Peering into Pandora’s Box: Looking at the Data Leak Through a Diligence-Tinted Lens


A slow-moving wave caused by the buzz generated over The International Consortium of Investigative Journalists’ (ICIJ) publication of 11.9 million leaked documents on October 3, dubbed the Pandora Papers, may soon wash over regulatory environments. Notable amongst this treasure trove of information was the revelation of South Dakota’s role as a tax haven and the efficacy of U.S. sanctions imposed on Russian oligarchs. 

The Pandora Papers were preceded by two similarly impactful data leaks,The Paradise Papers of 2017 and The Panama Papers of 2016. Both unveiled the widespread use of offshore companies by heads of state, the rich and famous, and criminal enterprises for various purposes, both harmless (privacy and tax mitigation) and nefarious (hiding assets from authorities and creditors, tax avoidance and money laundering). This trifecta of data leaks underscores the vital role played by investigative due diligence firms in helping decision makers understand who they are doing business with, including their sources of wealth. 

The complexity and global nature of the offshore financial system necessitates partnering with a provider of investigative due diligence who is properly equipped to conduct efficient yet thorough cross jurisdictional investigations while adhering to location specific privacy regulations. Sought after skills include multi-lingual analysts holding internationally recognized investigative certifications including Certified Anti-Money Laundering Specialist (CAMS) and Certified Fraud Examiner (CFE), coupled with academic backgrounds in international affairs, law, and economics. 

Skilled researchers can legally obtain intentionally concealed information including business affiliations and sources of wealth by leveraging their specialized skill sets in tandem with transparency focused record sources including the ICIJ Offshore Leaks Database and OpenCorporates’ company data. The ICIJ Database plays a foundational role in public records due diligence. While findings may not be adverse in themselves, they can reveal connections to offshore entities. These affiliations can then be raised by clients in conversations with business partners from an awareness standpoint.

Notable among the Pandora Papers data are two U.S.-centric findings. The revelation of South Dakota as a global tax haven left casual news consumers scratching their heads since mention of the offshore financial system conjures images of Caribbean beaches, Swiss slopes, and Delaware office parks. The Bahamas by the Black Hills is the product of low taxes, state laws which are extremely favorable to trusts, and the U.S.’ reluctance to adhere to the Common Reporting Standard (CRS) which commits signatories to sharing information regarding foreign-held assets.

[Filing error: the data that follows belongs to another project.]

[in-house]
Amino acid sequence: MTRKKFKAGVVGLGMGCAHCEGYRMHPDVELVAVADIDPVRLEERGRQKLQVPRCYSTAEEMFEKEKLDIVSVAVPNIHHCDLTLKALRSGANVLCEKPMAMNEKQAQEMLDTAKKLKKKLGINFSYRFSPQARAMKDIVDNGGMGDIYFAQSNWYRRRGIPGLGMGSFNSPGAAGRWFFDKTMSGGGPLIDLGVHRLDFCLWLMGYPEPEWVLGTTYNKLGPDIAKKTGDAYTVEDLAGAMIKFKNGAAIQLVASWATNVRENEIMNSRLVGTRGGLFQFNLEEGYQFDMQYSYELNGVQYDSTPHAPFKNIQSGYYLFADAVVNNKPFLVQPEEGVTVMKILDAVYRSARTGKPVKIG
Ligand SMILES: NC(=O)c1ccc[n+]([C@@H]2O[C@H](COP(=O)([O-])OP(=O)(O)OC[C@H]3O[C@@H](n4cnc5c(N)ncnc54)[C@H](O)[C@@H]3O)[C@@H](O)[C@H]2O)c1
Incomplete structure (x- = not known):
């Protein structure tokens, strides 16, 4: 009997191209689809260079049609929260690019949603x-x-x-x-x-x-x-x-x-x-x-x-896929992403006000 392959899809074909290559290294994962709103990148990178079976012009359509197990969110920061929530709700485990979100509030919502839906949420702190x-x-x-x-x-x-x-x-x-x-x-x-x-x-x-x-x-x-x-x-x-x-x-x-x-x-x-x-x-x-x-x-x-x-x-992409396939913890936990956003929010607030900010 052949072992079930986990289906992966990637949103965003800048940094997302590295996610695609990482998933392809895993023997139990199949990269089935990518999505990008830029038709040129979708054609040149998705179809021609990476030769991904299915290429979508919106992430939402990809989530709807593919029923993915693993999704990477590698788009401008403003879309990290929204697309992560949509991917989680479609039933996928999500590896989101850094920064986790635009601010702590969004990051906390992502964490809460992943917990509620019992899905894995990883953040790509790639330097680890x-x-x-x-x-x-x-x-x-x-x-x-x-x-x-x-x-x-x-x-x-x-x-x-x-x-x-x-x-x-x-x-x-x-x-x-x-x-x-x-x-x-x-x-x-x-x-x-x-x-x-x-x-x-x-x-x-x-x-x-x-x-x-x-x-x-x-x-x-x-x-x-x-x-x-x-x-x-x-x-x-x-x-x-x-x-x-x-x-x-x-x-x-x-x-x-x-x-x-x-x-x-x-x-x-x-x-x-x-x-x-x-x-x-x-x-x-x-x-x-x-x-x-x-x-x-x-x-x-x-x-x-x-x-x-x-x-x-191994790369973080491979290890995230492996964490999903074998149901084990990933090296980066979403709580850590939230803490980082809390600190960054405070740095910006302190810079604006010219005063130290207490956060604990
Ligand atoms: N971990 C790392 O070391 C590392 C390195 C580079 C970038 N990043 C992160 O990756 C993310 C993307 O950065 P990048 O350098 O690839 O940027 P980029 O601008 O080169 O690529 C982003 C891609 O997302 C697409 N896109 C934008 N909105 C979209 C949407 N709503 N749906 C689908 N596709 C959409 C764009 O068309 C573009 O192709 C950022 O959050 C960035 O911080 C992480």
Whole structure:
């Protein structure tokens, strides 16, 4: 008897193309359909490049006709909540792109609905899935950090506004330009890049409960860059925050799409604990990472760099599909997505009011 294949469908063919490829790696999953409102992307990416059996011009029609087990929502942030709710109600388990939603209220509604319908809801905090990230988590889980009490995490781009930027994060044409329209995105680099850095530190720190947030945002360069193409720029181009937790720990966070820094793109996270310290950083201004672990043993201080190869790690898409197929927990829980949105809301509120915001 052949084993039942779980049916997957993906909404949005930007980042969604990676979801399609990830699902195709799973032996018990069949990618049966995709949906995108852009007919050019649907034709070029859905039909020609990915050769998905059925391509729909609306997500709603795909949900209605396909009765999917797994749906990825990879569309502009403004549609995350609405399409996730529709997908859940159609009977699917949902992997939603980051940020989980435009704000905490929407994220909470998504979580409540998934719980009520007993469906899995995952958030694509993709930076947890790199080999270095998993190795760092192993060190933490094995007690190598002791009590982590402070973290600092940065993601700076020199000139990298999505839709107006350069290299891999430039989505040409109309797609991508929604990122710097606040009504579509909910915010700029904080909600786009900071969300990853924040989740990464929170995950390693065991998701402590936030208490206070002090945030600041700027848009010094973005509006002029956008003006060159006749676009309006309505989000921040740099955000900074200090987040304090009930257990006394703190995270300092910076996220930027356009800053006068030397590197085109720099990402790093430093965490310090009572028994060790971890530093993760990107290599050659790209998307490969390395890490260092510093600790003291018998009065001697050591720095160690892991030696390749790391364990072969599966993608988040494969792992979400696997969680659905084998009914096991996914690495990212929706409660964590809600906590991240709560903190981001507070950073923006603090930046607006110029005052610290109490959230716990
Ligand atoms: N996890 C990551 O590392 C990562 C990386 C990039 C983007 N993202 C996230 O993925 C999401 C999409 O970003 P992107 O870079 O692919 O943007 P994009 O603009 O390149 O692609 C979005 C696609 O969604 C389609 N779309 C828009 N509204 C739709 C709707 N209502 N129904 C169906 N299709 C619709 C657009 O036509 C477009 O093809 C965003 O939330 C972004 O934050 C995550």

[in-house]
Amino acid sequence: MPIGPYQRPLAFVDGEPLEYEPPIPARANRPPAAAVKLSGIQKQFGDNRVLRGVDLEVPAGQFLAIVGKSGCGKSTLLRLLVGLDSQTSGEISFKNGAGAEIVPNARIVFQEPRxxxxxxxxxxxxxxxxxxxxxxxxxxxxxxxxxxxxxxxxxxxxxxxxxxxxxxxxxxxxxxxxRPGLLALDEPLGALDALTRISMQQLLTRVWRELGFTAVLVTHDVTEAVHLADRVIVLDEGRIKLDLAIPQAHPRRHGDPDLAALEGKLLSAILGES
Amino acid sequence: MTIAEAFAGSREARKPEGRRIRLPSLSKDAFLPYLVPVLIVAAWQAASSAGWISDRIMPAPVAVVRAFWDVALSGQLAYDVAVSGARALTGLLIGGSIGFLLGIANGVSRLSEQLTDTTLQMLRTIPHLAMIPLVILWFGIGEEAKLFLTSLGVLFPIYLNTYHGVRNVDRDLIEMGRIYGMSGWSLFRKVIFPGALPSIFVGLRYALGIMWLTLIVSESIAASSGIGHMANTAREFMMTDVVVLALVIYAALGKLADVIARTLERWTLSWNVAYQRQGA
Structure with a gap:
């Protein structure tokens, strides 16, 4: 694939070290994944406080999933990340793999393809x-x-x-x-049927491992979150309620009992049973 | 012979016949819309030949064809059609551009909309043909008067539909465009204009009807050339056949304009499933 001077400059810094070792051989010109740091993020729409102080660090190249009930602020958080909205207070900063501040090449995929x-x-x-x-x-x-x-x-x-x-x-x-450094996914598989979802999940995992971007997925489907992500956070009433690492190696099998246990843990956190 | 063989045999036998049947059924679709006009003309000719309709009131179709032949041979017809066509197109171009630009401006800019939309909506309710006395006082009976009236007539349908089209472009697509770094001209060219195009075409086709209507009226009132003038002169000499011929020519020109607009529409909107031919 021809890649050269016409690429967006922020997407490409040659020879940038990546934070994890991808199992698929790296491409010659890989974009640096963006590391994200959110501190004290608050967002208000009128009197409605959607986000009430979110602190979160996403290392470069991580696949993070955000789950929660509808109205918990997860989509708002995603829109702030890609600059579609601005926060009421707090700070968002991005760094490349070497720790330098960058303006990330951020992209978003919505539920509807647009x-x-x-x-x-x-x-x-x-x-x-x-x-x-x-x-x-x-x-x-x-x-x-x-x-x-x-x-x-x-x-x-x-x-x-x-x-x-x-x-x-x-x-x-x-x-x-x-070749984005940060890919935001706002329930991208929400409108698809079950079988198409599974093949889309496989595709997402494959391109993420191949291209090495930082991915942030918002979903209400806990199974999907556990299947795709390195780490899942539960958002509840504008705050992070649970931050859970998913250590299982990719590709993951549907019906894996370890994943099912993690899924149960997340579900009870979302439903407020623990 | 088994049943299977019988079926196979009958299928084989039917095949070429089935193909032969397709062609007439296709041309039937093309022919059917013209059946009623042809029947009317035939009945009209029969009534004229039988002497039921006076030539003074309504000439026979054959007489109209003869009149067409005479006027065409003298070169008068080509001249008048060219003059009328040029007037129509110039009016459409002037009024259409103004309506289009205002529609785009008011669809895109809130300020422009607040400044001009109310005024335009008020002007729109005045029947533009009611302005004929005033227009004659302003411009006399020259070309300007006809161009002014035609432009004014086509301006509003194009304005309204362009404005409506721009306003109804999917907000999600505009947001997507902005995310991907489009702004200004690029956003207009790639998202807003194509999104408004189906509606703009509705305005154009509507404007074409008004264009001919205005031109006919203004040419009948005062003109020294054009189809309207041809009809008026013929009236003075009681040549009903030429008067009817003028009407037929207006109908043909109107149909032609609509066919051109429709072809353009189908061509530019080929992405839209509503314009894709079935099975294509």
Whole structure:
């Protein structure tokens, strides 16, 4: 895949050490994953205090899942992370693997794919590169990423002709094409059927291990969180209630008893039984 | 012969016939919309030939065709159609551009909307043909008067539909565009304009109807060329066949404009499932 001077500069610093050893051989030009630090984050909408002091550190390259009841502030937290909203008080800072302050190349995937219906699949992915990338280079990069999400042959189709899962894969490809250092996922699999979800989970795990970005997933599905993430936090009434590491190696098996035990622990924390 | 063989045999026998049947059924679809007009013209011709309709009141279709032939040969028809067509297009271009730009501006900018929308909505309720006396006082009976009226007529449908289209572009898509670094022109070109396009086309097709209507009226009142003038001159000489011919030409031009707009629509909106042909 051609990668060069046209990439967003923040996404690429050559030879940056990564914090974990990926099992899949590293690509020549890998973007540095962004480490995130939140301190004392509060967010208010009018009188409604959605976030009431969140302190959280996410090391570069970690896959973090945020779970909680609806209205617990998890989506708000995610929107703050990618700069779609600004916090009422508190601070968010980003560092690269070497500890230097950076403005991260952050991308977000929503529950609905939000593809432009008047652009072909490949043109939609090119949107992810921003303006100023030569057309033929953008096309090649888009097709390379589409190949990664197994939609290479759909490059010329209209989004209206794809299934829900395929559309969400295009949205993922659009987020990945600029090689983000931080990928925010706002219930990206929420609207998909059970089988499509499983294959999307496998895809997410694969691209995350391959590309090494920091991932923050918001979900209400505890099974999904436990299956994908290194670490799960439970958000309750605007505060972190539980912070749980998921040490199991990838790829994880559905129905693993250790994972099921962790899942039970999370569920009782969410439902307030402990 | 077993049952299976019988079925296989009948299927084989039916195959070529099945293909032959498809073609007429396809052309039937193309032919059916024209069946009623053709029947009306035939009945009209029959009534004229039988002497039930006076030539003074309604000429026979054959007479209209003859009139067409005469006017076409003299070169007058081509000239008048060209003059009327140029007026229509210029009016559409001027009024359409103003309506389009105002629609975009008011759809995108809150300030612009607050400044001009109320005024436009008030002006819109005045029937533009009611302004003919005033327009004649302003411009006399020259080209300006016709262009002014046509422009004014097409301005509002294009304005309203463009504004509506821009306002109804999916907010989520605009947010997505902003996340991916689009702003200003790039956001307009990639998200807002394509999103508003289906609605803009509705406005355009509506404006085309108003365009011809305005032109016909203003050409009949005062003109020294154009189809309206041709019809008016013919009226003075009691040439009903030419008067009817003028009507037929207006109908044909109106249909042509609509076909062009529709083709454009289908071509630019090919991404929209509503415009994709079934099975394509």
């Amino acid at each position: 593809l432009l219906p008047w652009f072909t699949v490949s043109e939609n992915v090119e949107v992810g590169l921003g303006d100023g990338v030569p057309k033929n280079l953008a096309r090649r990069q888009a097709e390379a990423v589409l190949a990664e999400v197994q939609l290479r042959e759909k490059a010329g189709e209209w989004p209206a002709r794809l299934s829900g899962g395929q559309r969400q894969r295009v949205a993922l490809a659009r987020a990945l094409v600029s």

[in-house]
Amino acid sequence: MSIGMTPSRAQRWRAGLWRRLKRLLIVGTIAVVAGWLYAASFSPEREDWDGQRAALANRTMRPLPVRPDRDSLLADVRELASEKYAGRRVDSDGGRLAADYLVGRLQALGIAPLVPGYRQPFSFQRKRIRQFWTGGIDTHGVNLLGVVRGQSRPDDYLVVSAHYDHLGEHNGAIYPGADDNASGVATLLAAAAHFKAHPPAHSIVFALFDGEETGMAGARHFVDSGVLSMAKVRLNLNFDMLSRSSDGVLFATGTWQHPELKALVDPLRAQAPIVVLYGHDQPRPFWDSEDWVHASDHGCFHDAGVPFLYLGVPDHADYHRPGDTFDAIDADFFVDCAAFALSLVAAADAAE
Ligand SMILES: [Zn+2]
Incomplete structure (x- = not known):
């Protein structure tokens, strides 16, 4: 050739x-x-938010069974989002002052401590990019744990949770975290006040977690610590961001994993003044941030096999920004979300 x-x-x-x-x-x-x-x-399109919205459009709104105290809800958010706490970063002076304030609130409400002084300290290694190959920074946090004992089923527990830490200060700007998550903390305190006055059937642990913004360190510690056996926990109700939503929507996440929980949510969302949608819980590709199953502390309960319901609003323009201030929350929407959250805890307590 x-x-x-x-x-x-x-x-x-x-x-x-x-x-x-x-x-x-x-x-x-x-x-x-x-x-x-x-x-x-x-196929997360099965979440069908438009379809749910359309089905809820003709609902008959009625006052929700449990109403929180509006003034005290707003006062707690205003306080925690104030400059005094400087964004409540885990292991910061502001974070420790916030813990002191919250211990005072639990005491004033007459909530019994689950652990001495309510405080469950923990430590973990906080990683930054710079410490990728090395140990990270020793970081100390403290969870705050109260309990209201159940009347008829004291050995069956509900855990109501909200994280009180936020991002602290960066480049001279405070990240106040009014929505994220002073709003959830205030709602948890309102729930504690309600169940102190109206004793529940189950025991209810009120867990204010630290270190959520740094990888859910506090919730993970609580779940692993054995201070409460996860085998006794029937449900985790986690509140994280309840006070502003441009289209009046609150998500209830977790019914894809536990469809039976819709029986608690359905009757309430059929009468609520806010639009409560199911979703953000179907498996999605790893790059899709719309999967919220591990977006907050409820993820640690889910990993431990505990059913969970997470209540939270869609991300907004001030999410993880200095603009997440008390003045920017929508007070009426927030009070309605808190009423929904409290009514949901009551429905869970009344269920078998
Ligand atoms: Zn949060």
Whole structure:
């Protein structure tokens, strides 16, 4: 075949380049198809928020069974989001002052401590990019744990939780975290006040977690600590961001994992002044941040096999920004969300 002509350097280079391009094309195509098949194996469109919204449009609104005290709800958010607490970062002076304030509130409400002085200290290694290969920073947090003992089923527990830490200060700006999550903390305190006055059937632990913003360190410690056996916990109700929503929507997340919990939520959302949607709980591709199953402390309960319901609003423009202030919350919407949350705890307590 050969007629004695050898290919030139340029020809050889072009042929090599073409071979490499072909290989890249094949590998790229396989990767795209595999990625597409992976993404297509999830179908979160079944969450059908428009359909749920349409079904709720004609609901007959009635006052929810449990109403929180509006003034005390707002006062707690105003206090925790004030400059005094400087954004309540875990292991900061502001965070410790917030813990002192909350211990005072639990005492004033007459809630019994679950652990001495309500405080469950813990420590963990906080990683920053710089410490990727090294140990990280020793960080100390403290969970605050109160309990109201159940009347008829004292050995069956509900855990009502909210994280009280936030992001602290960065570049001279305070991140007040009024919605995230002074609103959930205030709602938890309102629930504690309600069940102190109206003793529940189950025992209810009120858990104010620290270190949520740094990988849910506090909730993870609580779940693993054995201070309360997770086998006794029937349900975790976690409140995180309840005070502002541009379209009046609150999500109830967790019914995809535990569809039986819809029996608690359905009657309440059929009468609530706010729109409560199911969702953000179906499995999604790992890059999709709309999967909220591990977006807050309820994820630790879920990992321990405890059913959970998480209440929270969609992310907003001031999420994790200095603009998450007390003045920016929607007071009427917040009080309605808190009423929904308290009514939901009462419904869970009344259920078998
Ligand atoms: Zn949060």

Interestingly, in spite of domestic offshore centers including the grizzled veteran Delaware and fresh-faced newcomer South Dakota, the wealthiest Americans, including Warren Buffett, Jeff Bezos, Bill Gates, and Elon Musk, are not named in the Pandora Papers. Two explanations for this have been offered by financial experts. The first is that the U.S.’ comparatively low tax rates compared to other countries diminishes the motivation of the country’s financial elite to utilize tax havens. The second and more plausible explanation is that America’s super rich are utilizing offshore jurisdictions and companies not included in the Pandora Papers.

One positive finding amidst the global outrage-inducing details of the Pandora Papers is the success of U.S. sanctions aimed at Russian oligarchs. Especially interesting is that aside from hampering the activities of their intended Russian targets, the sanctions “trigger[ed] losses that spread across their interconnected financial networks.” For both consumers and practitioners of investigative due diligence, this finding underscores the foundational role of sanctions and politically exposed persons (PEP) screening.

In addition to giving credence to U.S sanctions, the legislative boost effect of the Pandora Papers’ publication includes renewed attention to Congress’ passage of the Corporate Transparency Act (the CTA) in January. This legislation requires U.S. businesses to file “beneficial ownership” information with the Financial Crimes Enforcement Network (FinCEN).” Prior to the CTA’s passing, U.S. anti-money laundering laws were dormant for nearly two decades.

Looking abroad, the widespread attention garnered by the Pandora Papers is expected to spark additional reforms with the intention of increasing transparency to support the global fight against corruption and money laundering. This includes increased momentum behind calls by organizations such as Transparency International for a global standard on corporate transparency, notably for each country to maintain a public central register of company owners. Such changes will be a boon for both providers and consumers of investigative due diligence by increasing transparency which in turn reduces the time spent per engagement. 

The information revealed by the Pandora Papers emphasizes the necessity of truly knowing who one is doing business with beyond carefully cultivated public images and intentionally obscured corporate records. Obtaining actionable information is made possible through high quality investigative due diligence conducted by reputable investigative firms. This equips their clients with the necessary questions to ask potential business partners to alleviate current and future relationship concerns. Connect with Vcheck Global to infuse your company’s critical decision making with an informational competitive edge.

Seth Harlan is Senior Associate, Market & Regulatory Affairs at Vcheck Intelligence.

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